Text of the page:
He always considered himself first and foremost a scientist, endeavoring to extend the compass of human knowledge, and to this end (rather than to the practice of medicine) he enrolled at the medical school at the University of Vienna in 1873.He concentrated initially on biology, doing research in physiology for six years under the great German scientist Ernst Brücke, who was director of the Physiology Laboratory at the University, and thereafter specializing in neurology.
First of all, Freud himself was very much a Freudian–his father had two sons by a previous marriage, Emmanuel and Philip, and the young Freud often played with Philip’s son John, who was his own age.Shortly thereafter, however, Breuer found that he could not agree with what he regarded as the excessive emphasis which Freud placed upon the sexual origins and content of neuroses, and the two parted company, with Freud continuing to work alone to develop and refine the theory and practice of psychoanalysis.In 1900, after a protracted period of self-analysis, he published .Freud’s psychoanalytic theory was initially not well received–when its existence was acknowledged at all it was usually by people who were, as Breuer had foreseen, scandalized by the emphasis placed on sexuality by Freud.It was not until 1908, when the first International Psychoanalytical Congress was held at Salzburg that Freud’s importance began to be generally recognized.He received his medical degree in 1881, and having become engaged to be married in 1882, he rather reluctantly took up more secure and financially rewarding work as a doctor at Vienna General Hospital.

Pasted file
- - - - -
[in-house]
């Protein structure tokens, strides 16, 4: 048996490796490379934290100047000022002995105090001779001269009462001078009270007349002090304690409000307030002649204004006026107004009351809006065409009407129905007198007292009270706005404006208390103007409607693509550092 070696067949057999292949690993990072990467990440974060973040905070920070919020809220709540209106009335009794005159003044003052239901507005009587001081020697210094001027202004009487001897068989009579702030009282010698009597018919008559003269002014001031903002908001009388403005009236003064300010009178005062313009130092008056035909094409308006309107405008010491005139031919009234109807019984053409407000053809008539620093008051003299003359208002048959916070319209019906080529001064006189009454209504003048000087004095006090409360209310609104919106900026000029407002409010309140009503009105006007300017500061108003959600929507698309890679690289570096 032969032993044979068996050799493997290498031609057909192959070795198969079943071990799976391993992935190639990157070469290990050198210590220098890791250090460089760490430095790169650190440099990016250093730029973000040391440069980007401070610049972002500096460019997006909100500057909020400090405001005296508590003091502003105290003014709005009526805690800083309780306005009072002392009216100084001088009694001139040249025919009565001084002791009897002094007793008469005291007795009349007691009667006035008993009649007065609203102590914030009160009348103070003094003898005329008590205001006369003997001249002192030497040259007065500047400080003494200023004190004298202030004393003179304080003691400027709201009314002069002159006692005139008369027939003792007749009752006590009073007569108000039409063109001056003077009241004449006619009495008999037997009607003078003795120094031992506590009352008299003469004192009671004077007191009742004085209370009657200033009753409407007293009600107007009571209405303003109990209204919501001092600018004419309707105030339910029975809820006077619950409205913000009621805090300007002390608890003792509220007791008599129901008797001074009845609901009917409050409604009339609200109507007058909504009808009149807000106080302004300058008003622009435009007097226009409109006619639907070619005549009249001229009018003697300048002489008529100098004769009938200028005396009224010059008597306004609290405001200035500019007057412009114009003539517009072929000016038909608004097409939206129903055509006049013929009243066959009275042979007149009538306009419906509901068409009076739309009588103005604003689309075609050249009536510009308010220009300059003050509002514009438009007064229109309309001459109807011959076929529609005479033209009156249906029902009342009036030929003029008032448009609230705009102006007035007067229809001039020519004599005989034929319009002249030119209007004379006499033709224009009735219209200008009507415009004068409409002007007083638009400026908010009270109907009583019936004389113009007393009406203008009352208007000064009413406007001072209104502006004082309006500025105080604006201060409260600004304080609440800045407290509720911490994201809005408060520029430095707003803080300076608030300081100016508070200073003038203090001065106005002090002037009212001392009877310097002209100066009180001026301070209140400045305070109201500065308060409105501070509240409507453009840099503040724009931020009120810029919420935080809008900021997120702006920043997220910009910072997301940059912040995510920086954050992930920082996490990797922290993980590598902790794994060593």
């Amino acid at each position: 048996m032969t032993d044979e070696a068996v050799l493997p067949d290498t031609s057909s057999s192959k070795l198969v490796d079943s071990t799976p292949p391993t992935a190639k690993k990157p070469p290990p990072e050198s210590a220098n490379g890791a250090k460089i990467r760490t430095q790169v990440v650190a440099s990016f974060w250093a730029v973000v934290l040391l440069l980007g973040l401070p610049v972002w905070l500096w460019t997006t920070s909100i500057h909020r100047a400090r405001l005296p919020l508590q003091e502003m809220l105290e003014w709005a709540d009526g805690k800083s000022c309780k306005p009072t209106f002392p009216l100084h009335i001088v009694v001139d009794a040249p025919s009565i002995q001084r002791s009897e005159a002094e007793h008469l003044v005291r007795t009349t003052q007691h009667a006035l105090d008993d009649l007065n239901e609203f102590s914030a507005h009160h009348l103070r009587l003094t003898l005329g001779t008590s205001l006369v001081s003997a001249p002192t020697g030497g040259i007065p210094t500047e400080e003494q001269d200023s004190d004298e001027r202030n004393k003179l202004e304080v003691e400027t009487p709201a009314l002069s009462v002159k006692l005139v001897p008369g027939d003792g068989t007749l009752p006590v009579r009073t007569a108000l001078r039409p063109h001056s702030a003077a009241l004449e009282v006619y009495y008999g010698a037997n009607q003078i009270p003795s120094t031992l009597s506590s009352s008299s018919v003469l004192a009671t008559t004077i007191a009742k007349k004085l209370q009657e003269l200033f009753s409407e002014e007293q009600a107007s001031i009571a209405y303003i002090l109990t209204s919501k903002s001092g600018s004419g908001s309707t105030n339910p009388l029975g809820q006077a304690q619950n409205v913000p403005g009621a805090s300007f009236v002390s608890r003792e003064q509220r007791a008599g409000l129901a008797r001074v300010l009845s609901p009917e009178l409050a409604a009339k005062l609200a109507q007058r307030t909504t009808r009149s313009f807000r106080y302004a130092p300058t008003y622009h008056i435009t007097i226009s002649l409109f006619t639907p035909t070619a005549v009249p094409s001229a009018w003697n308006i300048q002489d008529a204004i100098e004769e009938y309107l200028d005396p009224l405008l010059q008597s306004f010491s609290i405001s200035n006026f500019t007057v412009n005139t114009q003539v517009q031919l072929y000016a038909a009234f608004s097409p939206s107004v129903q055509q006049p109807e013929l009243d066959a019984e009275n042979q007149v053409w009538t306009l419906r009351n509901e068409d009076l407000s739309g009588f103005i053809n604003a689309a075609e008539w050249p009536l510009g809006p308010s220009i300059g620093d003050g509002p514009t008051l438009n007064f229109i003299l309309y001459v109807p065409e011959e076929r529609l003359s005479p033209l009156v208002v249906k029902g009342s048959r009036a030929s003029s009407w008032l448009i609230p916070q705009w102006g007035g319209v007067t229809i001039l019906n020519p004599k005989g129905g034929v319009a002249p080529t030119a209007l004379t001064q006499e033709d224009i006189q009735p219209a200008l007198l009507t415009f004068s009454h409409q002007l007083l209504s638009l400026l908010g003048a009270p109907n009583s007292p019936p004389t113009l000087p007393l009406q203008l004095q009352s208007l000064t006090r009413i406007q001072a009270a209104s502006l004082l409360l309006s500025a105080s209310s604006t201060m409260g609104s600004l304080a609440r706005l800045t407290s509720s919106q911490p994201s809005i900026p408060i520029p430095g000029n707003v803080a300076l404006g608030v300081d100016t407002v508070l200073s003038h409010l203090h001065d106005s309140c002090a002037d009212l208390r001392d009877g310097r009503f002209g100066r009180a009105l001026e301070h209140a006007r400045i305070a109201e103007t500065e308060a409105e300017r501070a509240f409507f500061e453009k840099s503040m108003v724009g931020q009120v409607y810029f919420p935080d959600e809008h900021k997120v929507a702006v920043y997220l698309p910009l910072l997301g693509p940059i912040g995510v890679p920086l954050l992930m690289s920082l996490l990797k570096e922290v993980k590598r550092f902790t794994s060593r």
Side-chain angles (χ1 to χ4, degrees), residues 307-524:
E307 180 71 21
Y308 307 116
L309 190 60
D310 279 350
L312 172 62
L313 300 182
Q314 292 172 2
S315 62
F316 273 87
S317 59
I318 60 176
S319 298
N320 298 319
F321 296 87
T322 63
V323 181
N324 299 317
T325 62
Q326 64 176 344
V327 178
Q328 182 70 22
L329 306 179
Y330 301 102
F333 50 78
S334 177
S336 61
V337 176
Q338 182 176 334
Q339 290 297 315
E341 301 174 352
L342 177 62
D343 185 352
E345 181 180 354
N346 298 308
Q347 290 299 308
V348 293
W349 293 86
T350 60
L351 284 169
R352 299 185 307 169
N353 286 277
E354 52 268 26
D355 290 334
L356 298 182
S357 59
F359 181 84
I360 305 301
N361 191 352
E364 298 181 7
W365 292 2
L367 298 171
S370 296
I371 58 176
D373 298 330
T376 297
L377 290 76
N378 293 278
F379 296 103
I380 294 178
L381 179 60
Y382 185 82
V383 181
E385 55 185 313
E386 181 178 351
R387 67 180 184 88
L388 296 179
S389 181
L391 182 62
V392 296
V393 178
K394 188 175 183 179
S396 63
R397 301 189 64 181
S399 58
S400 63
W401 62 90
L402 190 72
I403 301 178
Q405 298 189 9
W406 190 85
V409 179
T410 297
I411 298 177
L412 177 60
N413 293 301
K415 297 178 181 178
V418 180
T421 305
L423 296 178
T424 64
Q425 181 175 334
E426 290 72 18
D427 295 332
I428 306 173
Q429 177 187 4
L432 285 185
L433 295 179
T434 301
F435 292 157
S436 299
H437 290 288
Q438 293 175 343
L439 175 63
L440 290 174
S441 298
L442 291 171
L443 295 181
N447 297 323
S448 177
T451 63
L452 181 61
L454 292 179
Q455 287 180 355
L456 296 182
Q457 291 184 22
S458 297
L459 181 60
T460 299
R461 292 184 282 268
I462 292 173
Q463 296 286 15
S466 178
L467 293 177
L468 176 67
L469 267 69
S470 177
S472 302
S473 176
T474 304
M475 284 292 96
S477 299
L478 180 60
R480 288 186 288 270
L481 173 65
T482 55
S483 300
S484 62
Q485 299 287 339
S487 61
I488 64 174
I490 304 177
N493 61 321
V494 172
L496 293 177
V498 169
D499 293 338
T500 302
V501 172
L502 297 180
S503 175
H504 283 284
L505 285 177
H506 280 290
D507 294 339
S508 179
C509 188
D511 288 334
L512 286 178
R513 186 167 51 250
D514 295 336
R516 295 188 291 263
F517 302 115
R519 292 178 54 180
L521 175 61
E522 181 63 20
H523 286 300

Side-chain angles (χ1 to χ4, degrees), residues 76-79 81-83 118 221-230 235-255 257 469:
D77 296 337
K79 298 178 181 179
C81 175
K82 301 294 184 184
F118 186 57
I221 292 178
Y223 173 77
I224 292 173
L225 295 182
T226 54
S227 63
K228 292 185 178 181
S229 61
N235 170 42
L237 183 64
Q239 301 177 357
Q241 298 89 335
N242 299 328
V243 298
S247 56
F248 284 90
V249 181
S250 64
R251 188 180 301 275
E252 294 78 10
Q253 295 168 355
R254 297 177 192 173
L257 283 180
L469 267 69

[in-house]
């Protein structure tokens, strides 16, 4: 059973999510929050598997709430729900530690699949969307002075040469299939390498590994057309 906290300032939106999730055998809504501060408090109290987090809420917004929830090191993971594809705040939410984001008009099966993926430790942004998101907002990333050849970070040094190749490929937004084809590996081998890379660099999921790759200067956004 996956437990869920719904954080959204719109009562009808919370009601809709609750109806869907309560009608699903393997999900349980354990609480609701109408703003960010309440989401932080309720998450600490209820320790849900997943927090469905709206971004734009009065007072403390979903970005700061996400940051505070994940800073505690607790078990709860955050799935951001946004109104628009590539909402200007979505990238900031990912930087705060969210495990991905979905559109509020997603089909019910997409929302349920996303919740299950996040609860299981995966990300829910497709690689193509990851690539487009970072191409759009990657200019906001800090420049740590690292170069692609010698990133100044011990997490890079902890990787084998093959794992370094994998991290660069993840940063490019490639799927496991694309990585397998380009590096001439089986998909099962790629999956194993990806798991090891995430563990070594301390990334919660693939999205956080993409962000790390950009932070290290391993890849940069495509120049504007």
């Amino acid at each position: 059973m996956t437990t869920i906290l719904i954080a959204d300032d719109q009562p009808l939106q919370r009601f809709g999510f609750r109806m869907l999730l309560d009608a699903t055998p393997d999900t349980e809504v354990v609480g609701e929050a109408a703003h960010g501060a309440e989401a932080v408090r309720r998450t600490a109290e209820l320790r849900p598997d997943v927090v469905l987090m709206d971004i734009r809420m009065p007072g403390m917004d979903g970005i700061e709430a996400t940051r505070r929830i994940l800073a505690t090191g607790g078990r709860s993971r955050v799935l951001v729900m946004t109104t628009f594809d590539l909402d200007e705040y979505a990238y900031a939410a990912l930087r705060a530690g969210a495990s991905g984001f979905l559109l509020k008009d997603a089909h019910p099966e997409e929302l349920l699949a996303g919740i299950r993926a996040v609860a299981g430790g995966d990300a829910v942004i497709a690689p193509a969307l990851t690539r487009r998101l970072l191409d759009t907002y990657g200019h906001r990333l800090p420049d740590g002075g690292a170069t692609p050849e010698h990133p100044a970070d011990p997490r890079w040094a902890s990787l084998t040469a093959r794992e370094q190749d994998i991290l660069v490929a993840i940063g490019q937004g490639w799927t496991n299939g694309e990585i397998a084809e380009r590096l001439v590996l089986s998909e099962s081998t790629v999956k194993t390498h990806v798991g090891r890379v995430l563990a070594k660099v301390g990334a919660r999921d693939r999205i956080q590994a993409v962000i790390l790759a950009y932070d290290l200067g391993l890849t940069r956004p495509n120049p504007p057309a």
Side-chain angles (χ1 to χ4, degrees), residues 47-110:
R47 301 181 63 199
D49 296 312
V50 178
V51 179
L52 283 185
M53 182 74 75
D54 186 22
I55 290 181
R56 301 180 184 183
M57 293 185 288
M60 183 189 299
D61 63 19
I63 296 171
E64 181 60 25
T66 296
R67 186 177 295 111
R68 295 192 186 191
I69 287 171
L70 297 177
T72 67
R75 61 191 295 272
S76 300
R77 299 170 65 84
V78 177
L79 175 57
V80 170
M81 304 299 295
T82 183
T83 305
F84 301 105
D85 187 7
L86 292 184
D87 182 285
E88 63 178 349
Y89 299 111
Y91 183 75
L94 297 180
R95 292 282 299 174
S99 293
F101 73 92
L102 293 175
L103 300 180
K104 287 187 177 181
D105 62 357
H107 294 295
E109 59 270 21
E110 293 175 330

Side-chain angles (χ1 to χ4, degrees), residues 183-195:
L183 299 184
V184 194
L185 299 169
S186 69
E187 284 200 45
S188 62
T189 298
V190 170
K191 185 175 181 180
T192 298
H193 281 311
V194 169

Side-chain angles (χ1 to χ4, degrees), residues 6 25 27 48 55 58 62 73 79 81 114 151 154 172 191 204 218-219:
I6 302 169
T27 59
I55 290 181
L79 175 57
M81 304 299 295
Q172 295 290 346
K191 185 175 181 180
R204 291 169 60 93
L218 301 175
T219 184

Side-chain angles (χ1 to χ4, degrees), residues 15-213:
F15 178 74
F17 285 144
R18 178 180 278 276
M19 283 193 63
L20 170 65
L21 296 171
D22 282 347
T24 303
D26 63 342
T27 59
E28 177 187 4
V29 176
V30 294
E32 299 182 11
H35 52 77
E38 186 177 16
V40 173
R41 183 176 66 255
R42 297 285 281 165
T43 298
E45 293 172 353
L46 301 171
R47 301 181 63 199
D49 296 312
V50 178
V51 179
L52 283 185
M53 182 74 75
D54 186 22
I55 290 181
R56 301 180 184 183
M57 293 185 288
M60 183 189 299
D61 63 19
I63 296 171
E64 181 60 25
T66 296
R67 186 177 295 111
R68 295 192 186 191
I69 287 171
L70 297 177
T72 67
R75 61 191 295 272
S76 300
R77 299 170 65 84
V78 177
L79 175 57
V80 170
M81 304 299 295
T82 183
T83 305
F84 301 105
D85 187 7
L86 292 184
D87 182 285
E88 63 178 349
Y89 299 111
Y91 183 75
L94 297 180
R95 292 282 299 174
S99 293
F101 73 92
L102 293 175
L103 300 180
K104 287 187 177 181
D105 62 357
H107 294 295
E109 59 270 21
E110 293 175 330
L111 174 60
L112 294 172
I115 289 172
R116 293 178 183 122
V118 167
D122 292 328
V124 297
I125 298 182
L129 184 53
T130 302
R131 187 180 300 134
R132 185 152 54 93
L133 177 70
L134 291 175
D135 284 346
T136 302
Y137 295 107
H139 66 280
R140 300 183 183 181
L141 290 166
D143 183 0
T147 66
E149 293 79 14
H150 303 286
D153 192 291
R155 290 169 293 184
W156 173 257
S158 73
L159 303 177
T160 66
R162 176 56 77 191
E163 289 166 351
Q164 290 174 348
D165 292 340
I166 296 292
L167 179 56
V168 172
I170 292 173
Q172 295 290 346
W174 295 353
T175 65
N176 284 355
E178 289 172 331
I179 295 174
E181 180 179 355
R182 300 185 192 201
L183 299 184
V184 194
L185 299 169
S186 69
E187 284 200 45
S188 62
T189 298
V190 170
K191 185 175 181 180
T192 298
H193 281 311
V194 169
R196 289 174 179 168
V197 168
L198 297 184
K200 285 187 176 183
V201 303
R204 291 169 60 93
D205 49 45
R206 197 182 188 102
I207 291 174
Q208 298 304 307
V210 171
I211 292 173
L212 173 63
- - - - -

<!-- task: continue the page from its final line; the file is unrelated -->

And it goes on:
Shortly after his marriage in 1886, which was extremely happy and gave Freud six children—the youngest of whom, Anna, was to herself become a distinguished psychoanalyst—Freud set up a private practice in the treatment of psychological disorders, which gave him much of the clinical material that he based his theories and pioneering techniques on.
After a life of remarkable vigor and creative productivity, he died of cancer while exiled in England in 1939.
Although a highly original thinker, Freud was also deeply influenced by a number of diverse factors which overlapped and interconnected with each other to shape the development of his thought.
He was also not averse to critically revising his views, or to making fundamental alterations to his most basic principles when he considered that the scientific evidence demanded it–this was most clearly evidenced by his advancement of a completely new tripartite (.
He was initially greatly heartened by attracting followers of the intellectual caliber of Adler and Jung, and was correspondingly disappointed when they both went on to found rival schools of psychoanalysis–thus giving rise to the first two of many schisms in the movement–but he knew that such disagreement over basic principles had been part of the early development of every new science.
In 1885-86, Freud spent the greater part of a year in Paris, where he was deeply impressed by the work of the French neurologist Jean Charcot who was at that time using hypnotism to treat hysteria and other abnormal mental conditions.